You don’t have to be a doctor, midwife, nurse, or doula to make a difference.
Each experiments with telling maternal health stories in her own way, and at least two want to shift the Black maternal health crisis narrative to emphasize Black life, community self-help, and #BlackJoy.
“There is something that can be done. This is not the end of the story; it’s just the beginning and we have the power to shape the story.”
It may galvanize new research that focuses on the root causes of law enforcement violence.
In an election year that will determine whether the political tides will change, advocates are wary of empty promises.
There are three key actions that can propel this movement for Black maternal health, rights, and justice forward: Listen to Black women, trust Black women, and invest in Black women.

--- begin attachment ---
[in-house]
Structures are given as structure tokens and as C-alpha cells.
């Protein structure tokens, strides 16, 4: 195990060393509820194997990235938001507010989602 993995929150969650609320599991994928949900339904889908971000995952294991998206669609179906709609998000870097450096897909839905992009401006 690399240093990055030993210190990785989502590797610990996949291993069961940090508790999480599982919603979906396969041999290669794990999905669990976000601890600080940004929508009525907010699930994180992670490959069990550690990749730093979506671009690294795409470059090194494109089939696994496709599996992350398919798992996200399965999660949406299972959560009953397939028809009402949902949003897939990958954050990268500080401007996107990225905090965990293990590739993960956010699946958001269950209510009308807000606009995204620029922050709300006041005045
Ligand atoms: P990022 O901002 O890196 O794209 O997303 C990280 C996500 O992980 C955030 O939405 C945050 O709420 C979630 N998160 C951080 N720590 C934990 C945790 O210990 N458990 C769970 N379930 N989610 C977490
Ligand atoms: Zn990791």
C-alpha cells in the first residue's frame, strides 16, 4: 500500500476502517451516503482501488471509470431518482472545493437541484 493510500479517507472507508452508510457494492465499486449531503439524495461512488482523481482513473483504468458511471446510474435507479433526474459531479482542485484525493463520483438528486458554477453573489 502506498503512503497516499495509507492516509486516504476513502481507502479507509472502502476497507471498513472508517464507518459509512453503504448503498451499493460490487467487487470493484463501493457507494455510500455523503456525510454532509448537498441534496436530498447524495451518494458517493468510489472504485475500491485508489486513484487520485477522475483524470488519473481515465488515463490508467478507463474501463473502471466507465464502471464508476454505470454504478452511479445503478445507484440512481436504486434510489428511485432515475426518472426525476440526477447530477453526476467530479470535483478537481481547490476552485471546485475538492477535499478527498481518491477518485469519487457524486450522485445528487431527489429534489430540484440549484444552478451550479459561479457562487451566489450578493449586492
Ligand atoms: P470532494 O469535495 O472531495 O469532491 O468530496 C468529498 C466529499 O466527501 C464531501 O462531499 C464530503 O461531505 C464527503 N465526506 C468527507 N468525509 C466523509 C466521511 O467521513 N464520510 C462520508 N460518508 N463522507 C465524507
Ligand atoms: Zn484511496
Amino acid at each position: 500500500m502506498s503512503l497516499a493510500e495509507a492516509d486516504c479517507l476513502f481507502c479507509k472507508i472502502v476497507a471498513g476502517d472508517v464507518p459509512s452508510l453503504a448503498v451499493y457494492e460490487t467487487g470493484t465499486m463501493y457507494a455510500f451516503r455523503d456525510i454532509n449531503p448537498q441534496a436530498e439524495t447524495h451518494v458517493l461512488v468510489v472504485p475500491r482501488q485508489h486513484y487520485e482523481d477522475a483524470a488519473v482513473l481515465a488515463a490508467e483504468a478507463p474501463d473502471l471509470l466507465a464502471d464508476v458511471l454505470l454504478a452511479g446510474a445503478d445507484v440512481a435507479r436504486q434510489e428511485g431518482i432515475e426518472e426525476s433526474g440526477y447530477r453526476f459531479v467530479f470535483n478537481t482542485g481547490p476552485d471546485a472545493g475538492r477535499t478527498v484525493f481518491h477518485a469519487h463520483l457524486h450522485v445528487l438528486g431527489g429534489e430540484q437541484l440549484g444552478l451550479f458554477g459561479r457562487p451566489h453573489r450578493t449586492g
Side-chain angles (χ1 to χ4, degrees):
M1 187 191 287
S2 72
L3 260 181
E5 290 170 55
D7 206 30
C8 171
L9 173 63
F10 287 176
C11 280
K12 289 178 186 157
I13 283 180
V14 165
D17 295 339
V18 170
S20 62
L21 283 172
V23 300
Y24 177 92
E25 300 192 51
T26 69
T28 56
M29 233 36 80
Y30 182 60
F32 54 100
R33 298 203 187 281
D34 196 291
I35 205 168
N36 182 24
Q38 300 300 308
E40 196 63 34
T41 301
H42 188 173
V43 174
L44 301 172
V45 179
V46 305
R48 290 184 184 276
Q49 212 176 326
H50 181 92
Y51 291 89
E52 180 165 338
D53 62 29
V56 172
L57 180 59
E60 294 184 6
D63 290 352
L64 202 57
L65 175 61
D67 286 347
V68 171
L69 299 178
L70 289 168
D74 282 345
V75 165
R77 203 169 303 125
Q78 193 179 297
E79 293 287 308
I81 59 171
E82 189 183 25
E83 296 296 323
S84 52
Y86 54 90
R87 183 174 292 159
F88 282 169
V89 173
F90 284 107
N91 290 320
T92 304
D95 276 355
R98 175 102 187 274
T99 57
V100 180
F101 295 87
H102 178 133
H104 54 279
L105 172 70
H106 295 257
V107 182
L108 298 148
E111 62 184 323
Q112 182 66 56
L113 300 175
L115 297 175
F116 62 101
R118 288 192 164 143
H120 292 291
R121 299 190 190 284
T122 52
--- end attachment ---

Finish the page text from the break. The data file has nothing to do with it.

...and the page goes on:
Gentrification greatly contributes to the displacement and housing instability of people of color.
A doula’s role is explicitly and exclusively to provide emotional support to a person navigating pregnancy and its outcomes. So why aren’t more providers telling us about them in our times of need?
“I had always been an angry child and I always tried to find fault with the real world. I think becoming an activist was just a natural development from that.
I know that if equity is not an instinct yet among public health professionals, then a framework that ensures it must be.